If you’re a nonprofit leader looking to redesign your website, you’ve no doubt been thinking a lot about thinks like CMS, CRM, donation platform, hosting—you know, all the things that made you want to work in the social impact sector in the first place! Yes, it can be seriously confusing and stressful trying to figure out what your nonprofit website cost should be if web technology isn’t your area of expertise—especially because the choices you make now are ones that will be felt for years after your new website is launched.
Given the importance of website technology to a nonprofit website’s cost, it’s important to be informed about what it actually takes to build and maintain your site. But what’s a person to do if they are confused—or flat-out turned off by—technical jargon? And how on earth can you possibly evaluate the cost of building your website if you don’t understand all this technical stuff?
Well, there are a lot of technology factors that impact both the quality and cost of a nonprofit website. And when we talk about nonprofit website cost, we mean more than the financial impact. Website cost also includes your time and effort. After all, time is money, right?!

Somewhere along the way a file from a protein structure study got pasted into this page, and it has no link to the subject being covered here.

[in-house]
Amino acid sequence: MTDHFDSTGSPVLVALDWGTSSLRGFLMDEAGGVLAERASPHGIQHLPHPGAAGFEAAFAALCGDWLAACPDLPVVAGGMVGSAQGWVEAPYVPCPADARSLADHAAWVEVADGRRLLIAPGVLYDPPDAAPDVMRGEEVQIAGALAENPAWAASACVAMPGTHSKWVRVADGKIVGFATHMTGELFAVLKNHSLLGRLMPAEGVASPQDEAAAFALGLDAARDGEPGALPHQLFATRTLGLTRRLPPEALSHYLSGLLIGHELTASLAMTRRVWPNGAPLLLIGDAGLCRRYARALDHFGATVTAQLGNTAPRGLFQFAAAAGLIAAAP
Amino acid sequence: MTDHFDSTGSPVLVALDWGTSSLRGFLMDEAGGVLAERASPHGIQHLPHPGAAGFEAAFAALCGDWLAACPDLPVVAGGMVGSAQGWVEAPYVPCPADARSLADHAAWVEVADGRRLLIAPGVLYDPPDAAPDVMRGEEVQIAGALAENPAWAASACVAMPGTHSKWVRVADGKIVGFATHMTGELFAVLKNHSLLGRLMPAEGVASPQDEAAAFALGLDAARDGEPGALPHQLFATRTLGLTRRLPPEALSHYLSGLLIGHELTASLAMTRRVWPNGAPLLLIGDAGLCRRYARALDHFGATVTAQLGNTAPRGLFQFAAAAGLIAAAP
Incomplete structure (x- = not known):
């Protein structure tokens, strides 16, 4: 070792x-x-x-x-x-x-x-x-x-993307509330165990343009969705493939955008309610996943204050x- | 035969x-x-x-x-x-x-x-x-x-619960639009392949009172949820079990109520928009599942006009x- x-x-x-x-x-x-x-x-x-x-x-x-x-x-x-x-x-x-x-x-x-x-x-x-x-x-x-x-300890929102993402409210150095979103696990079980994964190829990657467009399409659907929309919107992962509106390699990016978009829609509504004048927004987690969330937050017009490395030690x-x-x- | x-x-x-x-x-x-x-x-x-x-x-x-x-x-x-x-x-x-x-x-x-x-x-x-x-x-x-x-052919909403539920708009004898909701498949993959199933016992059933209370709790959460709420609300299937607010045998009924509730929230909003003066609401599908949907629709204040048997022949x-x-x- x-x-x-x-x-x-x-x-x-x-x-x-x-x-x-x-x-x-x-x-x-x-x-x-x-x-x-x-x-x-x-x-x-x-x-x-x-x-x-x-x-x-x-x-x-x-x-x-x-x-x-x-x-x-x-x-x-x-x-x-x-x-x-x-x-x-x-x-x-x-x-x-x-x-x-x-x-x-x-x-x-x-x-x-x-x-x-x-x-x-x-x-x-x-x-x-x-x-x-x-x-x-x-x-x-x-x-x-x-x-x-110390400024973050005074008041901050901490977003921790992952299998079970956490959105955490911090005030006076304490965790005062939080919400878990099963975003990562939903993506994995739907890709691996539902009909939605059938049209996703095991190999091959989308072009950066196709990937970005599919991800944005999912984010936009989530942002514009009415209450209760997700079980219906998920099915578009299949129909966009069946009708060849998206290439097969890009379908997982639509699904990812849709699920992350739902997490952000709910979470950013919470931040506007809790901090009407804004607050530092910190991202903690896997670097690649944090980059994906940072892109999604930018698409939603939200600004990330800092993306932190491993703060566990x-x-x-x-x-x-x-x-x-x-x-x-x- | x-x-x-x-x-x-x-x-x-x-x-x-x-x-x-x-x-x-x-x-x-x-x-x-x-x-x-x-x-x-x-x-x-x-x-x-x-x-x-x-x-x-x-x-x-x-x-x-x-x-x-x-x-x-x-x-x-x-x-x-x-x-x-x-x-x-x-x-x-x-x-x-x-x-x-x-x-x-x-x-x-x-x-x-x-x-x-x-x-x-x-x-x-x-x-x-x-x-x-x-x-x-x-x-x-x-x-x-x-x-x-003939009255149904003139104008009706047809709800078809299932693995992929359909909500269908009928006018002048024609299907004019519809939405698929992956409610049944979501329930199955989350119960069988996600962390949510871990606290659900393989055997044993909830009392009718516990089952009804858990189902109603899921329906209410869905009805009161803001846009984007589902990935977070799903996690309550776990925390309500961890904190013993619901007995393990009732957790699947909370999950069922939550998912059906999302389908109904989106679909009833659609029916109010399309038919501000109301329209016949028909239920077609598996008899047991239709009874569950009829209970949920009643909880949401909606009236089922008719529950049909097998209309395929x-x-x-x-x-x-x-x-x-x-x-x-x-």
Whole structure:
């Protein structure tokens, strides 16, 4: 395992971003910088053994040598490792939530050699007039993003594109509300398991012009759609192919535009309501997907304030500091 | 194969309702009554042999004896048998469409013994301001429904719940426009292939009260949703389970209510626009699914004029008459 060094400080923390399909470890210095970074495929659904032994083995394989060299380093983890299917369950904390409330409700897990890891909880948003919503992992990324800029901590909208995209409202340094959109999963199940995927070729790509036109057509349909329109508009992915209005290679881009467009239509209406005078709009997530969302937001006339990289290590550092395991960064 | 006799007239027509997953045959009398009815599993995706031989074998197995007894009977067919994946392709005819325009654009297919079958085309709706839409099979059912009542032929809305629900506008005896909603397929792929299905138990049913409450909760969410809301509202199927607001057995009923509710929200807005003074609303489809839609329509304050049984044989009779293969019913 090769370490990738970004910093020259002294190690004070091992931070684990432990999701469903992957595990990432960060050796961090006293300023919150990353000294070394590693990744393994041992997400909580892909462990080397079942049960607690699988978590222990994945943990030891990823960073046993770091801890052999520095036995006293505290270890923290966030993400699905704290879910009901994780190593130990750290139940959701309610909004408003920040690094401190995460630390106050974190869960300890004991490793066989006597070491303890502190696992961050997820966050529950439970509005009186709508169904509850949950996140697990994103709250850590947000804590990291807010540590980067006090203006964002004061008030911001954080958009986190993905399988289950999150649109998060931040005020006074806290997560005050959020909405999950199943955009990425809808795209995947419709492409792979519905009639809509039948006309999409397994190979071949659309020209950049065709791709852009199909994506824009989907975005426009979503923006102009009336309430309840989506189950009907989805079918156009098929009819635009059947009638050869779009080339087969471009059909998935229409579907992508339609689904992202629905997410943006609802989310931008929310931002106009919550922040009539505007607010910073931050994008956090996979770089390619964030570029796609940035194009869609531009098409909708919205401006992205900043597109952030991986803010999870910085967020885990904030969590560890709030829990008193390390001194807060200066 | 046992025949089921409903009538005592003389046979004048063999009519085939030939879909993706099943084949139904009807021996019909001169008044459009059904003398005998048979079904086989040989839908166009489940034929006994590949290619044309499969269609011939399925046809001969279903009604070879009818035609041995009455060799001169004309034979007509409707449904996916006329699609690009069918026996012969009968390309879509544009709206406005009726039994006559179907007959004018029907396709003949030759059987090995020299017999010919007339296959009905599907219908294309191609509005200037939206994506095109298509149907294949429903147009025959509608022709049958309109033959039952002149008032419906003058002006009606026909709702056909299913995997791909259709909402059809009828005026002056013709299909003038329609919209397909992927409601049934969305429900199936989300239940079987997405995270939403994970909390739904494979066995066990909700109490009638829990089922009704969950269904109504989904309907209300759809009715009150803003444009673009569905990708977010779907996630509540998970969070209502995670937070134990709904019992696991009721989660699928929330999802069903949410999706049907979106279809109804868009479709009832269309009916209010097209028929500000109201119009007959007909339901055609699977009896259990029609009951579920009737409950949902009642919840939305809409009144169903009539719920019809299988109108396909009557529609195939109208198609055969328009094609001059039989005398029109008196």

It’s important to consider a website’s “total cost” — how our technology choices will impact both operations and the user experience. That’s because everything from your choice of CMS and how your website is built, to the systems that will be integrated into it impact nearly everyone in an organization. So, it’s critical that when assessing your nonprofit’s website cost, you understand technology choices. As a design-driven development web development firm, Constructive’s approach is to approach (and help explain!) technology from a human-centric perspective.